NBA changes fouls from Heat-Celtics
MIAMI -- After reviewing game film on Monday, the NBA changed the ruling on two high-profile physical plays that Heat forward James Jones was involved in during the second half of Miami's 99-90 Game 1 victory over the Boston Celtics on Sunday.
The NBA changed a Jermaine O'Neal foul on Jones in the third quarter from a flagrant foul to a standard personal foul.
As a result of O'Neal's flagrant, Jones made two free throws and the Heat got an extra possession, during which Mike Bibby made a 3-pointer. At the time, the Heat were not in the bonus. If it had been called a personal foul at the time, Miami only would have received the ball on an out-of-bounds play.
The league also removed a technical foul on Jones that was called during the fourth quarter, while upgrading his personal foul on Paul Pierce on the play to a flagrant foul. Jones made contact with Pierce's head on the play after he was caught in the air on a pump-fake. An upset Pierce went face-to-face with Jones, their foreheads hitting each other.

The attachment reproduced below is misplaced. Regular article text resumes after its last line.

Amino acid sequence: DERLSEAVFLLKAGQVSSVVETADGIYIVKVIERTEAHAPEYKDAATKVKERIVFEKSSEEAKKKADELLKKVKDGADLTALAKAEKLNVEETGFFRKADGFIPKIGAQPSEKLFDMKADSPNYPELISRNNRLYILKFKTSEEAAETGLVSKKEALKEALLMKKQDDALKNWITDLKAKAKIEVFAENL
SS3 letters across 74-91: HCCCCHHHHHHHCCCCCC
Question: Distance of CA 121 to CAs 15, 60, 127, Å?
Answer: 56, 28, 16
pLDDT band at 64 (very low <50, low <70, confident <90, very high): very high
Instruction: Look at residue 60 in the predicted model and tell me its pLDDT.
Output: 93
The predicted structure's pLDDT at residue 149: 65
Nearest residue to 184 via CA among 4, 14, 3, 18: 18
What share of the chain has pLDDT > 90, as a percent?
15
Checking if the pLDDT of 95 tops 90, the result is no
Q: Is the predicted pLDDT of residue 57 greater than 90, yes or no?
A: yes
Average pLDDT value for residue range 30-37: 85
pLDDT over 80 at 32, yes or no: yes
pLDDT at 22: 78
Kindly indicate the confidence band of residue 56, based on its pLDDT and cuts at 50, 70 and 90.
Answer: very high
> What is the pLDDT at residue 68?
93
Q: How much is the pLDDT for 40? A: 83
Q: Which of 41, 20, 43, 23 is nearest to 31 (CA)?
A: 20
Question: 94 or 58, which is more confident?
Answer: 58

Pierce made the two free throws that came with the shooting foul, but did not receive the extra possession.
A minute later, Pierce was ejected when he got a second technical for taunting Dwyane Wade.
The two foul changes were part of several plays reviewed by the league.
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Celtics coach Doc Rivers requested that Wade's foul on Pierce that triggered the ejection be upgraded to a flagrant, but was denied. There is a point system for flagrant fouls that could lead to a suspension in the playoffs if a player gets too many.
Pierce was not suspended for head-butting Jones in their altercation.
LeBron James also avoided suspension for leaving the bench in the second quarter to get teammate Mario Chalmers after a dust-up with Boston guard Delonte West. James was not in the game at the time and he came down to the Celtics' bench area to pull Chalmers away from West after West threw the ball at Chalmers. West was given a technical.
Players who leave the bench can be suspended, but there was a time out at the time of James' actions.
Brian Windhorst covers the Miami Heat for ESPN.com.